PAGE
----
Volume 11 Supplement 8
Exploiting physico-chemical properties in string kernels
© Toussaint et al; licensee BioMed Central Ltd. 2010
Published: 26 October 2010
String kernels are commonly used for the classification of biological sequences, nucleotide as well as amino acid sequences. Although string kernels are already very powerful, when it comes to amino acids they have a major short coming. They ignore an important piece of information when comparing amino acids: the physico-chemical properties such as size, hydrophobicity, or charge. This information is very valuable, especially when training data is less abundant. There have been only very few approaches so far that aim at combining these two ideas.
We propose new string kernels that combine the benefits of physico-chemical descriptors for amino acids with the ones of string kernels. The benefits of the proposed kernels are assessed on two problems: MHC-peptide binding classification using position specific kernels and protein classification based on the substring spectrum of the sequences. Our experiments demonstrate that the incorporation of amino acid properties in string kernels yields improved performances compared to standard string kernels and to previously proposed non-substring kernels.
In summary, the proposed modifications, in particular the combination with the RBF substring kernel, consistently yield improvements without affecting the computational complexity. The proposed kernels therefore appear to be the kernels of choice for any protein sequence-based inference.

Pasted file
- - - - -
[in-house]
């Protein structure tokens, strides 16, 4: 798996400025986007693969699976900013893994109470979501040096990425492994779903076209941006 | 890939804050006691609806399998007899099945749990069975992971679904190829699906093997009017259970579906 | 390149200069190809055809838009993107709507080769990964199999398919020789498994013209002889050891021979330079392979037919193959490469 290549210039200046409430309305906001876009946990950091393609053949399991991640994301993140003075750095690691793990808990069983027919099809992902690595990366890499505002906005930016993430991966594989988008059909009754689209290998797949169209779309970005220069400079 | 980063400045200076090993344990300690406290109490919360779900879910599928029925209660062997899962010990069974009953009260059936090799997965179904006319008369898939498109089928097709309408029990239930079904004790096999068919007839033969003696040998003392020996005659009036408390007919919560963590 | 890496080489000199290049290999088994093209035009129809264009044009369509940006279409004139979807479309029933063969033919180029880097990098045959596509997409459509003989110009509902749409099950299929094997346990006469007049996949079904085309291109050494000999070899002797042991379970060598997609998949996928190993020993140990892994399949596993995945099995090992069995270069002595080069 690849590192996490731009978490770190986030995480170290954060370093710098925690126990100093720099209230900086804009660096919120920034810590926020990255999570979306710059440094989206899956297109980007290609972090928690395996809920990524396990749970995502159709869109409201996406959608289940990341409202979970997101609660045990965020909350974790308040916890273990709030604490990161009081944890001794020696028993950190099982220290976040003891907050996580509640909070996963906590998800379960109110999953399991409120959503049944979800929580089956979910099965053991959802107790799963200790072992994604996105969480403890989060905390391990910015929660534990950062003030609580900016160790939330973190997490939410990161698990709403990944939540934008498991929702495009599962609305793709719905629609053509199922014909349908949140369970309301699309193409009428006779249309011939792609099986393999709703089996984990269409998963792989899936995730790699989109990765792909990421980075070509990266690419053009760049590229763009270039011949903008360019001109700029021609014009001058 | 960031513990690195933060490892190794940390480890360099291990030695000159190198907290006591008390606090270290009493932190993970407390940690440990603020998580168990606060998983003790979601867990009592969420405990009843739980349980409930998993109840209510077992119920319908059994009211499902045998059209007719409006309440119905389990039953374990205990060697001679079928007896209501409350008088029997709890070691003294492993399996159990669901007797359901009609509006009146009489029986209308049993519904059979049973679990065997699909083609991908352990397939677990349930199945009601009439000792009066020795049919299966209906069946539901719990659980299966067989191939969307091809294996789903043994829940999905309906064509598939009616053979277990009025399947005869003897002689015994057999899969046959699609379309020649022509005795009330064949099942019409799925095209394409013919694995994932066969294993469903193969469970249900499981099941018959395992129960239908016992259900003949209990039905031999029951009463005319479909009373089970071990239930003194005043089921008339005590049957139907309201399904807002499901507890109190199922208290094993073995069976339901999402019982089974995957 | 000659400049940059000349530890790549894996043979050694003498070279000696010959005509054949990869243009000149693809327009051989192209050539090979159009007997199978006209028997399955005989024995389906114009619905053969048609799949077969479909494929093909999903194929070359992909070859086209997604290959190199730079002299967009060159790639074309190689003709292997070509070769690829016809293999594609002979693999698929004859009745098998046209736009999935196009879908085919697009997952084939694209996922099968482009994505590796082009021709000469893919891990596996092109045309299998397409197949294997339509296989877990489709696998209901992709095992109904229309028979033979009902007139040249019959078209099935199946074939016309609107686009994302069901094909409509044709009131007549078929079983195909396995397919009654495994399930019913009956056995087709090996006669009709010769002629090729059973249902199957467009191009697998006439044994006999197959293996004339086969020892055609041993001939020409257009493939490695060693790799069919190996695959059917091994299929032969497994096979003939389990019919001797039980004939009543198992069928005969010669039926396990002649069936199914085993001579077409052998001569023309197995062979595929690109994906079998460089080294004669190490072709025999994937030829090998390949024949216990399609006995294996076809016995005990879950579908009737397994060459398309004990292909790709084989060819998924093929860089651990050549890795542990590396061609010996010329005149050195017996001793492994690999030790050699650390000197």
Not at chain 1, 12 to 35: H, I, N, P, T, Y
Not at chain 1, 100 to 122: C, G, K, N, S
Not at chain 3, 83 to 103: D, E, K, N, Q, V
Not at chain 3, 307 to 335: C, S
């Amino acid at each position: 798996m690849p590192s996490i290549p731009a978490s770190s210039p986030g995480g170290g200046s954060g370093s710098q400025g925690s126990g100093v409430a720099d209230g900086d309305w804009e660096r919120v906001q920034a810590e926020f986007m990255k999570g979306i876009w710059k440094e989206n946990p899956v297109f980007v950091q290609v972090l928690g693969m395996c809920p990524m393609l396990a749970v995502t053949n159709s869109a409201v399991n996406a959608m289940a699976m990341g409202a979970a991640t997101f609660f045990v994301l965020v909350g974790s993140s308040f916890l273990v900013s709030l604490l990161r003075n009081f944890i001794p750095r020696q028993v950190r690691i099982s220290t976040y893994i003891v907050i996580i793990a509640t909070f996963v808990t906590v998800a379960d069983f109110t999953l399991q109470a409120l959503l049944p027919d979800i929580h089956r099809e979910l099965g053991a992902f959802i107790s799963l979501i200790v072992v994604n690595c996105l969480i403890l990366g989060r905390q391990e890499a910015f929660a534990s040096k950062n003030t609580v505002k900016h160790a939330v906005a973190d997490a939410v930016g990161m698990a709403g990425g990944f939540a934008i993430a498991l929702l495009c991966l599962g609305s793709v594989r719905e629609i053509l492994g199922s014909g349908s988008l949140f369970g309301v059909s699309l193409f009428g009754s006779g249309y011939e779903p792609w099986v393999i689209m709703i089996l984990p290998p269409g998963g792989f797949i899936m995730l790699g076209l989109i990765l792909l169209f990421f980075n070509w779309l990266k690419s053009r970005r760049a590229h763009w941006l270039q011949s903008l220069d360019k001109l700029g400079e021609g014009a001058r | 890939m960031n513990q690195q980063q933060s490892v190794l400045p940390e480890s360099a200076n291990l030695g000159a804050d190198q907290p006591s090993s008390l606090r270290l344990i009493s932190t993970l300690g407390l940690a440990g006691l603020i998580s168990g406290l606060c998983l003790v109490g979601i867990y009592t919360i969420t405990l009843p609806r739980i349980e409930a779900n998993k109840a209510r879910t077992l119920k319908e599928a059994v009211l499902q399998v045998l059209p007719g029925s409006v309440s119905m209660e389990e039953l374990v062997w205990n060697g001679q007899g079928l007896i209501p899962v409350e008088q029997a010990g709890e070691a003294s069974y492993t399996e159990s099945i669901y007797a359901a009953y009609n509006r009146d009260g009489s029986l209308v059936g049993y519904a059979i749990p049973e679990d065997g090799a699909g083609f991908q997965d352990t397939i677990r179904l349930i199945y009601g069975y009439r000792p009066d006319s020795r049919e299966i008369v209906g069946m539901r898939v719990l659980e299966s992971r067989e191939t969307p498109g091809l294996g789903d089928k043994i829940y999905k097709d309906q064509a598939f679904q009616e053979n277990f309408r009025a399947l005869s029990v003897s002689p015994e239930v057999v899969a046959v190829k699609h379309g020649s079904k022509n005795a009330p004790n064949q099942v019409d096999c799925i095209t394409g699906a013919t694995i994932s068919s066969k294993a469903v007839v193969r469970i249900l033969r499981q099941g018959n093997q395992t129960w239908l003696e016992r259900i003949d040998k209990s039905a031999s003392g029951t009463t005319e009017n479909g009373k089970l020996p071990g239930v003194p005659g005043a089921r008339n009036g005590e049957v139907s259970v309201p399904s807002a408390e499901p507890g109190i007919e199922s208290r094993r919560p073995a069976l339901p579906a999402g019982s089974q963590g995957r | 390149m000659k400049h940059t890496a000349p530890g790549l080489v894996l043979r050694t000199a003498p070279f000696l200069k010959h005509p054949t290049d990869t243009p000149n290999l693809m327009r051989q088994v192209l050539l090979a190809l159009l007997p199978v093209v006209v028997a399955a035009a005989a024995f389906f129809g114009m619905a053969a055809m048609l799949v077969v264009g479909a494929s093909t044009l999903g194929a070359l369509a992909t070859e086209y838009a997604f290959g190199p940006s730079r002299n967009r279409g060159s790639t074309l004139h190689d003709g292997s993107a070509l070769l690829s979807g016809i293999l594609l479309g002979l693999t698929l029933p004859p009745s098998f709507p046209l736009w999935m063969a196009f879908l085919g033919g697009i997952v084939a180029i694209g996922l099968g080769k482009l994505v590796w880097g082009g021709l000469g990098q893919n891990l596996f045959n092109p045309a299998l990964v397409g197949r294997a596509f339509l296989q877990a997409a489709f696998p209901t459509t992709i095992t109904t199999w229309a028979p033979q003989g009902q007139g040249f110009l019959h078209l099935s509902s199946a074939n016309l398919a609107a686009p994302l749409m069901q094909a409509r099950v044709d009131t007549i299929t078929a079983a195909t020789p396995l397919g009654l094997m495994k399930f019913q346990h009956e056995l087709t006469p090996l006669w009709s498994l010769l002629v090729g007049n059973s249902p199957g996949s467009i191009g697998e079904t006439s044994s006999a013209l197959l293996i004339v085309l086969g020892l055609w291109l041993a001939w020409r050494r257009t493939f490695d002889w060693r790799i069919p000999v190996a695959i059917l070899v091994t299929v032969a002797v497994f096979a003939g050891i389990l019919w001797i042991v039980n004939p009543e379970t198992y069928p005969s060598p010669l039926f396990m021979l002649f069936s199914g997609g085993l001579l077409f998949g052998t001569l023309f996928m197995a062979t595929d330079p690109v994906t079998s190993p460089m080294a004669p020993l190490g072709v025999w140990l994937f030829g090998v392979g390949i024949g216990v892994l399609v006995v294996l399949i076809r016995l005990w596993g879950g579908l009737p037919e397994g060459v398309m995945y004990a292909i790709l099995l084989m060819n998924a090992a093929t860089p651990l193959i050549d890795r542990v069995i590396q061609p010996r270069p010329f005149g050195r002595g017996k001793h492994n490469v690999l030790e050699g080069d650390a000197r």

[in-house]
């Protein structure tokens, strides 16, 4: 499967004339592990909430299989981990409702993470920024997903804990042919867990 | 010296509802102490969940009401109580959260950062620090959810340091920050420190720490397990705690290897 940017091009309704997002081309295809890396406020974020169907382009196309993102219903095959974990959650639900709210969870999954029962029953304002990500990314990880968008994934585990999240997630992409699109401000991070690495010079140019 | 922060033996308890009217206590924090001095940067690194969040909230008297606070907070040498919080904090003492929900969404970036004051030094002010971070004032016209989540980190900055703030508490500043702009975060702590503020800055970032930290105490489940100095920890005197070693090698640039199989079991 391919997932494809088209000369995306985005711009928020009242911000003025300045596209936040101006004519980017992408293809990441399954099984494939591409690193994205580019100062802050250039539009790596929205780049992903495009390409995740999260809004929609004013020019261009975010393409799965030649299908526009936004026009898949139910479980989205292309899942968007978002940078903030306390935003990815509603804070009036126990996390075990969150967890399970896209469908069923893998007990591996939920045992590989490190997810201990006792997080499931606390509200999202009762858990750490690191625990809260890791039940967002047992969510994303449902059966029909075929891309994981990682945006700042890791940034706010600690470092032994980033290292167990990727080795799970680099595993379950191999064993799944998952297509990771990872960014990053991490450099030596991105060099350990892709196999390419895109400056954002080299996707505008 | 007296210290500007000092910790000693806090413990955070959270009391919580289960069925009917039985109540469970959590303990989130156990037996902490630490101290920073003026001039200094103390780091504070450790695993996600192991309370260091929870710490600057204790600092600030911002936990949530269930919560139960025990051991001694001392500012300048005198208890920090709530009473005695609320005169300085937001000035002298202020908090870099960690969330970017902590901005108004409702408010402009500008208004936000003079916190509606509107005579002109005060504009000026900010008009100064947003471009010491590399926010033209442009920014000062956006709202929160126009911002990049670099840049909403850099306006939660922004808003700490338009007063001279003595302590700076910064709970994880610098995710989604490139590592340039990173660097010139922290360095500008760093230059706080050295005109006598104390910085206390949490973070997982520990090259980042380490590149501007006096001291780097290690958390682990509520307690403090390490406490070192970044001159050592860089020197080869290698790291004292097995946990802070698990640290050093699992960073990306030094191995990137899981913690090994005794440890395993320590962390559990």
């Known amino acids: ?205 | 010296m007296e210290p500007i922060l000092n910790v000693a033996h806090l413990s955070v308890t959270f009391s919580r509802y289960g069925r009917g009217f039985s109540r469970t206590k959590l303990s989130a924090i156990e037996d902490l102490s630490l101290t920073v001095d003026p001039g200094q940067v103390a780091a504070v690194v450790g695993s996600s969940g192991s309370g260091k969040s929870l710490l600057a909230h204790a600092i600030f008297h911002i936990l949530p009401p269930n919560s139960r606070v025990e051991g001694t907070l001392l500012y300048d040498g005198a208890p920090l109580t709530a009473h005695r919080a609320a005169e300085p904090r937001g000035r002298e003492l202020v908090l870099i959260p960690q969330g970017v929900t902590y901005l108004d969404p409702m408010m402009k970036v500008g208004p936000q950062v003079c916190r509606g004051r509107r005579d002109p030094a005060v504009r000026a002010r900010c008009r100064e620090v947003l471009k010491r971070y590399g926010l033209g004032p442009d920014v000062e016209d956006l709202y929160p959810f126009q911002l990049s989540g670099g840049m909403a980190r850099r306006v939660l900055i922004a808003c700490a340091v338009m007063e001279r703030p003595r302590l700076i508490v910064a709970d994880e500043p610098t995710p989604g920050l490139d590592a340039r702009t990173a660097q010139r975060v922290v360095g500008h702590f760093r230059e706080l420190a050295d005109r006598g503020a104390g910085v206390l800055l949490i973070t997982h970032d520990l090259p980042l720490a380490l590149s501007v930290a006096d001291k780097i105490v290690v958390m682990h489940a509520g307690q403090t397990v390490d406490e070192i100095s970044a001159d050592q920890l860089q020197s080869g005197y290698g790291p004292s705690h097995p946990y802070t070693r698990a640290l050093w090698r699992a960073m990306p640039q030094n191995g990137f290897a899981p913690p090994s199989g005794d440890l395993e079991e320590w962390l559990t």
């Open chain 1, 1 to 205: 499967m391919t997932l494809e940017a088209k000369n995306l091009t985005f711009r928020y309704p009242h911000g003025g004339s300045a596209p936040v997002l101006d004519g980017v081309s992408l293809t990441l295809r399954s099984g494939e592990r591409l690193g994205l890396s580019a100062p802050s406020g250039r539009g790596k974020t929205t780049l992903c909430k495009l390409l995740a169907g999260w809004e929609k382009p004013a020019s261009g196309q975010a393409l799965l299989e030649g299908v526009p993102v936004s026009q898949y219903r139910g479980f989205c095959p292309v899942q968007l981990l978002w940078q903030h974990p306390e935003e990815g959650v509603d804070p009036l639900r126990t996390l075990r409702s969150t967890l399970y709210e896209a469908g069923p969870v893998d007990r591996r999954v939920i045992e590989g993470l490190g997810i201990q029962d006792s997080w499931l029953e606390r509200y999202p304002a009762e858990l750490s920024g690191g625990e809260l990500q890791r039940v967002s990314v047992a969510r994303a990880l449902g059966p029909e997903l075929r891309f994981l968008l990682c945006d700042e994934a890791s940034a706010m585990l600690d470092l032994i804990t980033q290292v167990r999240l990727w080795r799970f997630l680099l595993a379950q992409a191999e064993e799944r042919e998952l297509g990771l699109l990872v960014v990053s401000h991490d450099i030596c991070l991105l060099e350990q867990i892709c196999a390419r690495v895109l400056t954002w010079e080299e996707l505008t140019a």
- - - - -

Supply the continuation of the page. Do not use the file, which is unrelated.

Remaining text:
Data sets, code and additional information are available from http://www.fml.tuebingen.mpg.de/raetsch/suppl/aask. Implementations of the developed kernels are available as part of the Shogun toolbox.
String kernels are a powerful and popular tool for machine learning in computational biology. They have been successfully applied to numerous applications ranging from protein remote homology detection [1–3], to gene identification [4–6], to sub-cellular location prediction [7, 8] to drug design [9, 10]. The different kernel formulations commonly exploit the sequential structure of the sequences and by doing so can effectively eliminate implausible features, leading to improved results. When using string kernels on protein sequences, one key disadvantage is that prior knowledge about the properties of individual amino acids (AAs), e.g., their size, hydrophobicity, secondary structure preference, cannot be easily incorporated. While these properties can be learned implicitly by the machine learning methods if the training data sets are large enough, it would be advantageous to include this information in the sequence representation. The goal of this work is to combine the benefits of string kernels with the ones of physico-chemical descriptors for AAs. The main idea is to replace the comparison of substrings, which is computed during kernel computation, with a term that takes the AA properties into account. While this seems quite simple at first sight, it is less so, when considering k-mers instead of single AAs. The key insight is how to compute the kernels such that the beneficial properties of sequence kernels do not get lost. In particular, we would like that either the use of uninformative descriptors (e.g., each AA corresponds to a unit vector) or the choice of distinct kernel parameters reduces the new kernel to the original string kernel.
String kernels for sequence classification